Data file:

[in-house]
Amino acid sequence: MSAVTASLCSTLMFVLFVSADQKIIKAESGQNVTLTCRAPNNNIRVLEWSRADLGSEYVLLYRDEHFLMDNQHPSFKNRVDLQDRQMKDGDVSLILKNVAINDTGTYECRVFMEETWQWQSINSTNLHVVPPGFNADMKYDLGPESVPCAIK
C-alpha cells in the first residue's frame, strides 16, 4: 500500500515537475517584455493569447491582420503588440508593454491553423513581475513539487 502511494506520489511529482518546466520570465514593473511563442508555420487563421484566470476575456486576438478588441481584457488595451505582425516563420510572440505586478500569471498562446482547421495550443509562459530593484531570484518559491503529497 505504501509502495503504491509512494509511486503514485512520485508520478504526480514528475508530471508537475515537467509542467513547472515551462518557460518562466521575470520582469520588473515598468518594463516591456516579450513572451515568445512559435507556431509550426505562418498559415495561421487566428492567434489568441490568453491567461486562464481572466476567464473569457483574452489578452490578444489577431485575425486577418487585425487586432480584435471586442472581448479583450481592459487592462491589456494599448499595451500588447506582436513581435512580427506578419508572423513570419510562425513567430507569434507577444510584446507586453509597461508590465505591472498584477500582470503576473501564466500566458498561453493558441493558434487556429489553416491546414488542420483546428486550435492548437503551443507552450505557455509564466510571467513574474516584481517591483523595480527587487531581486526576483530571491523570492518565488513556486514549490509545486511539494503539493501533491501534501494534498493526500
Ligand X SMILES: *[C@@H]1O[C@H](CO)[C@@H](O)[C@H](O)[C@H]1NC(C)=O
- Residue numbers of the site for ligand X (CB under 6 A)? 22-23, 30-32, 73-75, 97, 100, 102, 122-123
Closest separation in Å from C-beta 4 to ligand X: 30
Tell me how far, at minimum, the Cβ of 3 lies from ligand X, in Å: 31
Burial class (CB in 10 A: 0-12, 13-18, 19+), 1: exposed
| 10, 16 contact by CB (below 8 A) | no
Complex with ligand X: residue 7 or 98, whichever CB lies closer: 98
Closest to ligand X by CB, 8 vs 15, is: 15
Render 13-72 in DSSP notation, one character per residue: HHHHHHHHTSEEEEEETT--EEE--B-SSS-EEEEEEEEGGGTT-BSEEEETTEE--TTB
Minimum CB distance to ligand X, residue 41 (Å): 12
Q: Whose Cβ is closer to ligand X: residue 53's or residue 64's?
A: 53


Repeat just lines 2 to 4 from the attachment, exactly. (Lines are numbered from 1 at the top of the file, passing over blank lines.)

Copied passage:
Amino acid sequence: MSAVTASLCSTLMFVLFVSADQKIIKAESGQNVTLTCRAPNNNIRVLEWSRADLGSEYVLLYRDEHFLMDNQHPSFKNRVDLQDRQMKDGDVSLILKNVAINDTGTYECRVFMEETWQWQSINSTNLHVVPPGFNADMKYDLGPESVPCAIK
C-alpha cells in the first residue's frame, strides 16, 4: 500500500515537475517584455493569447491582420503588440508593454491553423513581475513539487 502511494506520489511529482518546466520570465514593473511563442508555420487563421484566470476575456486576438478588441481584457488595451505582425516563420510572440505586478500569471498562446482547421495550443509562459530593484531570484518559491503529497 505504501509502495503504491509512494509511486503514485512520485508520478504526480514528475508530471508537475515537467509542467513547472515551462518557460518562466521575470520582469520588473515598468518594463516591456516579450513572451515568445512559435507556431509550426505562418498559415495561421487566428492567434489568441490568453491567461486562464481572466476567464473569457483574452489578452490578444489577431485575425486577418487585425487586432480584435471586442472581448479583450481592459487592462491589456494599448499595451500588447506582436513581435512580427506578419508572423513570419510562425513567430507569434507577444510584446507586453509597461508590465505591472498584477500582470503576473501564466500566458498561453493558441493558434487556429489553416491546414488542420483546428486550435492548437503551443507552450505557455509564466510571467513574474516584481517591483523595480527587487531581486526576483530571491523570492518565488513556486514549490509545486511539494503539493501533491501534501494534498493526500
Ligand X SMILES: *[C@@H]1O[C@H](CO)[C@@H](O)[C@H](O)[C@H]1NC(C)=O